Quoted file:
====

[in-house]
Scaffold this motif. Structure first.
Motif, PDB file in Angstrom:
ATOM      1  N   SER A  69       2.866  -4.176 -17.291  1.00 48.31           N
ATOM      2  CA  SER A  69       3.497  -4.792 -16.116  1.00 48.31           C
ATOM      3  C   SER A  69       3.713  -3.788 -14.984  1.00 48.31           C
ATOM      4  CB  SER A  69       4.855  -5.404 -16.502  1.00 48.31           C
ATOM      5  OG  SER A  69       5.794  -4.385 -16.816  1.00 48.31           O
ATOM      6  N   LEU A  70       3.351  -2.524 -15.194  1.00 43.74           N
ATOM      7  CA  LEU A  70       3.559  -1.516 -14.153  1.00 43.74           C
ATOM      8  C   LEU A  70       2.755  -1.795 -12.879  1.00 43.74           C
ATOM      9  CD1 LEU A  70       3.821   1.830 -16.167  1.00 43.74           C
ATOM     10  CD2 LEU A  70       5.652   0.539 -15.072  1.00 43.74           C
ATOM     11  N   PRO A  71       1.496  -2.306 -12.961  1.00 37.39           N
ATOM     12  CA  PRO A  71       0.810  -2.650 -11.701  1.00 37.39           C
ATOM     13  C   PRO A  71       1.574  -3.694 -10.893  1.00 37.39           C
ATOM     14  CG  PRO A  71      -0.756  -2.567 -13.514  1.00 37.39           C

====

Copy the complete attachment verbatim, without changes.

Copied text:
[in-house]
Scaffold this motif. Structure first.
Motif, PDB file in Angstrom:
ATOM      1  N   SER A  69       2.866  -4.176 -17.291  1.00 48.31           N
ATOM      2  CA  SER A  69       3.497  -4.792 -16.116  1.00 48.31           C
ATOM      3  C   SER A  69       3.713  -3.788 -14.984  1.00 48.31           C
ATOM      4  CB  SER A  69       4.855  -5.404 -16.502  1.00 48.31           C
ATOM      5  OG  SER A  69       5.794  -4.385 -16.816  1.00 48.31           O
ATOM      6  N   LEU A  70       3.351  -2.524 -15.194  1.00 43.74           N
ATOM      7  CA  LEU A  70       3.559  -1.516 -14.153  1.00 43.74           C
ATOM      8  C   LEU A  70       2.755  -1.795 -12.879  1.00 43.74           C
ATOM      9  CD1 LEU A  70       3.821   1.830 -16.167  1.00 43.74           C
ATOM     10  CD2 LEU A  70       5.652   0.539 -15.072  1.00 43.74           C
ATOM     11  N   PRO A  71       1.496  -2.306 -12.961  1.00 37.39           N
ATOM     12  CA  PRO A  71       0.810  -2.650 -11.701  1.00 37.39           C
ATOM     13  C   PRO A  71       1.574  -3.694 -10.893  1.00 37.39           C
ATOM     14  CG  PRO A  71      -0.756  -2.567 -13.514  1.00 37.39           C